December 9, 2021
A lot of games out there owe their existence to Valve’s Left 4 Dead, from Vermintide to Second Extinction, but until now there’s never been a real attempt to translate the experience to VR. Enter After the Fall, a Co-op shooter from Vertigo Games.
In this post-apocalyptic world, hell has quite literally frozen over. A freak ice age has decimated humanity and given rise to the Snowbreed, kind of zombie ice-people that freeze you solid instead of eating your brains. Thankfully, it doesn’t need to make a lot of sense, as it’s all just a vehicle to scare your pants off and give you things to shoot at.
The campaign revolves around slaying Snowbreed and collecting Harvest as you make your way from one safe house to the next. Each time you reach a place of safety you can spend the Harvest on upgrades and consumables such as explosives, as well as top up your ammo. There’s not a great deal of gameplay variety, but then even titles like Back 4 Blood are focus-designed to produce a very specific gaming high and this is no different.
What gives it the spin is that, in VR, shooting rampaging hordes of zombies feels more desperate and at the same time more cathartic. But it does take some getting used to, especially if you’re not accustomed to fast-paced action in VR. If you can handle the inertia of smooth turning, it’s not a million miles from a normal shooter. If like me you struggle to keep your dinner down during long VR sessions, then the teleport movement will help but immersion takes a knock.
Yet, blasting away with two guns, reloading as you backpedal to relative safety, or hurling pipe bombs into a charging mass really don’t get old. Playing with friends elevates the experience further, as the feeling of companionship and camaraderie in the face of overwhelming odds is nothing short of addictive. There are several settings to adjust for comfort, too, such as the height if your gunbelt and how you select different weapons.
I played After the Fall on two different VR platforms during review, with varying results. On Vive Pro 2, the graphics are crisp and the engine runs like melted butter on a crumpet, but the Pro itself is an expensive acquisition and requires a significant time investment just to set up. It also asks a lot in terms of space, which was my main struggle. On the Meta Quest 2, the graphics take a noticeable hit, but the freedom of movement and room requirements just make it more convenient.
Either way, the sound design is more important than what the world looks like. Neither version is bad-looking and there’s enough ambient detail to bring the environments around you to life, but the sound is where the atmosphere really excels. You’ll hear the distant hordes coming closer, gunfire has a visceral, jarring kick to it, and it’s a really immersive experience.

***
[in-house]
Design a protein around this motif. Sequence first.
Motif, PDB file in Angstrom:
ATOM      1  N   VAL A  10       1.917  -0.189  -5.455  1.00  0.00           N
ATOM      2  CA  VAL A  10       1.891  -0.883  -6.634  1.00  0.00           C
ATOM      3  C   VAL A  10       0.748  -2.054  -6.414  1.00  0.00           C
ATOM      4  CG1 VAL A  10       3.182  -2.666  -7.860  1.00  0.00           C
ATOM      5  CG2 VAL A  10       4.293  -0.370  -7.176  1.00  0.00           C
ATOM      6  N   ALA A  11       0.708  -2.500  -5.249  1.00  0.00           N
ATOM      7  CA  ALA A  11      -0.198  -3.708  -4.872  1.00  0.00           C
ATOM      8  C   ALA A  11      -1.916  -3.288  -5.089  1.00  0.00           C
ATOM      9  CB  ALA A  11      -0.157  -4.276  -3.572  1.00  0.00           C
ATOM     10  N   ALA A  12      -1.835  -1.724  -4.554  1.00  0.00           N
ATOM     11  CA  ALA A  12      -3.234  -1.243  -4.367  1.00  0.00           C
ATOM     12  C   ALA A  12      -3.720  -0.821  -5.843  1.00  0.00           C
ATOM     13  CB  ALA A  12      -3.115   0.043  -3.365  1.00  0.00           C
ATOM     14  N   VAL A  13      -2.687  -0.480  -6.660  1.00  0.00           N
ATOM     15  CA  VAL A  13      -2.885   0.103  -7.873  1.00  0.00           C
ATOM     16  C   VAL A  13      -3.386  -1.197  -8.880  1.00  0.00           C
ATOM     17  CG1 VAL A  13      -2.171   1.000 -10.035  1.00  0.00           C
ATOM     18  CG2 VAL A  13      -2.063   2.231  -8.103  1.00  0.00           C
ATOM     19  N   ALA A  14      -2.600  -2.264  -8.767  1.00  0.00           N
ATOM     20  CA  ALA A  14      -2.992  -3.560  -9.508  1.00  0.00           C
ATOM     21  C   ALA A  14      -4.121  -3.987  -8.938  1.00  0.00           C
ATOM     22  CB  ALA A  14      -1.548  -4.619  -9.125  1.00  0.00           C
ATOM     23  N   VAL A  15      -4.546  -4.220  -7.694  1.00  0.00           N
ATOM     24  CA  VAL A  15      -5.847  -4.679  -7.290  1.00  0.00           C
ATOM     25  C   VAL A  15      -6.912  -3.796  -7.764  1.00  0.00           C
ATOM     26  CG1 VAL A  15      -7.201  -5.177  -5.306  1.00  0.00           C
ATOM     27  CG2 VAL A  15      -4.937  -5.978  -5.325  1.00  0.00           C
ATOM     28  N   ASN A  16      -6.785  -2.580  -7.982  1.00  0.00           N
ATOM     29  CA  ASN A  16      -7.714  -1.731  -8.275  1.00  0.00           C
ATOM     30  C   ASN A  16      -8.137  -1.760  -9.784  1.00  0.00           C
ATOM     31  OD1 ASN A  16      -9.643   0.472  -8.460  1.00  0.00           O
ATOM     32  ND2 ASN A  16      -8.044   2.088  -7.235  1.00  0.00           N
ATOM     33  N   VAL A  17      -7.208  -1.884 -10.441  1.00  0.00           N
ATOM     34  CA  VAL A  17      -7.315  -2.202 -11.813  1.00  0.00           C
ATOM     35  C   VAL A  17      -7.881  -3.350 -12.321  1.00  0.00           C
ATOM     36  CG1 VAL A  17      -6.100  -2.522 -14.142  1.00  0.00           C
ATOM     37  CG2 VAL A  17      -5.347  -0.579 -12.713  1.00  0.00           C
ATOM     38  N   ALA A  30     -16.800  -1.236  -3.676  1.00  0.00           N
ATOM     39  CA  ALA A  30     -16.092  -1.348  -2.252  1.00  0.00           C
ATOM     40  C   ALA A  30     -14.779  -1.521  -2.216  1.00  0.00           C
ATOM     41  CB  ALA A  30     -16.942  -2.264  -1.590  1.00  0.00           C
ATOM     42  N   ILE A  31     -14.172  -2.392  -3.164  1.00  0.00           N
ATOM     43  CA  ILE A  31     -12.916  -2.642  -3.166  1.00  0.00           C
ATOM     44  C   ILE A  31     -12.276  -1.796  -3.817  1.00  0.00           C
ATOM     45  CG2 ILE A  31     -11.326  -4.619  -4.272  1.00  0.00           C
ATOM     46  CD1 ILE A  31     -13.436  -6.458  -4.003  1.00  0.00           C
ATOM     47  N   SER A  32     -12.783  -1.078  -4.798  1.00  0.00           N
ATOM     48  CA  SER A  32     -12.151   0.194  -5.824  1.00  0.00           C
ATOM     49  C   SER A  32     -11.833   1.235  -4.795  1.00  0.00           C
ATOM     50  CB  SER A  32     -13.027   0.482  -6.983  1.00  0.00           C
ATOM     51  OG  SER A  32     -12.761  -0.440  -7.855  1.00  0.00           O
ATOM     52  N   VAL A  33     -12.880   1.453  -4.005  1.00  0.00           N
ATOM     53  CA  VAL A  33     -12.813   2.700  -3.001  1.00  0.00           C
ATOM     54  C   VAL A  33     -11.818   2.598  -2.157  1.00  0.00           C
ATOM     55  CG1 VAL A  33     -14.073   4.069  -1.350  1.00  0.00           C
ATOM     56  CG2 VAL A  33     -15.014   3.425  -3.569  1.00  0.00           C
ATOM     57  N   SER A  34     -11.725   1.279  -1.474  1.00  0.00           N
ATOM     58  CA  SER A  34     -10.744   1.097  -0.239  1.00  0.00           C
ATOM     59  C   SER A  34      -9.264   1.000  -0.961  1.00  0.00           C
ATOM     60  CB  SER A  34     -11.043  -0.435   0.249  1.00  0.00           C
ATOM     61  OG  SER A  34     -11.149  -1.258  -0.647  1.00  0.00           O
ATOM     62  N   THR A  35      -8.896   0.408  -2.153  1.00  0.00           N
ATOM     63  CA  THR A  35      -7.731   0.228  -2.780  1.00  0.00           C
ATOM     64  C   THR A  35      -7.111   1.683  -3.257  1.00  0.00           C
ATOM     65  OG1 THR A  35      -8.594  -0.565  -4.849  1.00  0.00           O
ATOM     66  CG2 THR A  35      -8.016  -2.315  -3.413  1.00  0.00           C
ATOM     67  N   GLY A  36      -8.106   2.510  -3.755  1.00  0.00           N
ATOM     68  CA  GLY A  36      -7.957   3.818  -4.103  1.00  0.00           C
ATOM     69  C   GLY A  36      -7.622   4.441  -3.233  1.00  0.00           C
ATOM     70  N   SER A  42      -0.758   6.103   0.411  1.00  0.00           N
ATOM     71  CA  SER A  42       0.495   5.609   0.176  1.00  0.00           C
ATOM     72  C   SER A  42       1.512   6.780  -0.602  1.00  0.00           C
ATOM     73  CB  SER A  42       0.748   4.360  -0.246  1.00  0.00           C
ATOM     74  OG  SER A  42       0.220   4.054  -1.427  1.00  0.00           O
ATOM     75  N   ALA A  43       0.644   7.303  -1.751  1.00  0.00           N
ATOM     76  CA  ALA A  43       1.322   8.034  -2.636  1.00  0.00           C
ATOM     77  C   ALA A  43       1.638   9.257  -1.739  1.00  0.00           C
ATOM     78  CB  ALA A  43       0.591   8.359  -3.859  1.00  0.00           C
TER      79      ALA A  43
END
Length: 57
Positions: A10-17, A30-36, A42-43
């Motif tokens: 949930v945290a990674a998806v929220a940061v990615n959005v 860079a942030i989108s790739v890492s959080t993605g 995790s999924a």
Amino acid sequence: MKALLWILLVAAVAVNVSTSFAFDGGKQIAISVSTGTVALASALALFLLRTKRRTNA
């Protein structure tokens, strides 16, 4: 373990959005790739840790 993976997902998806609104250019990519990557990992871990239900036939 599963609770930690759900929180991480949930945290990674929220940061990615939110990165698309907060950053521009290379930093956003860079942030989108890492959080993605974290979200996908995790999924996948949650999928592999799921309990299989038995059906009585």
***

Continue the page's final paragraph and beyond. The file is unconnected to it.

Weapon acquisition in After the Fall is interesting, and adds an element of grind that works well with the relatively short missions. As you explore and survive you’ll find Floppy Discs (this being an alternate history where the world ended in the 80s, which for many will be pretty on-the-nose). Each one can be used to unlock new weapons or upgrade existing ones. The recent Shock and Awe update added a Tommy Gun to the arsenal, for example. Vertigo have done a good job making each weapon feel different and unique, but honestly I just have more fun John Wick-ing everywhere with twin twin pistols.
The lack of a dedicated melee attack is somewhat jarring though. While there are tactile elements such as opening lockers and interacting with the environment, you can’t pick up a piece of 2×4 or baseball bat and go ham. It’s especially noticeable when you’re surrounded and you can’t punch or push the Snowbreed and have to just keep trying to backpedal or shoot them. Of course this is where playing as a team comes in, as you’ll need to protect one another to stay alive.
The simple mission structure, replyability and overall catharsis of After the Fall make it a triumph of VR gaming. Whether you’re on a state-of-the-art headset or a more affordable version, the action is fast-paced, satisfying, and stylish.
Great sound design
No melee combat
Story is a bit lacking
The simple mission structure, replyability and overall catharsis of After the Fall make it a triumph of VR gaming.
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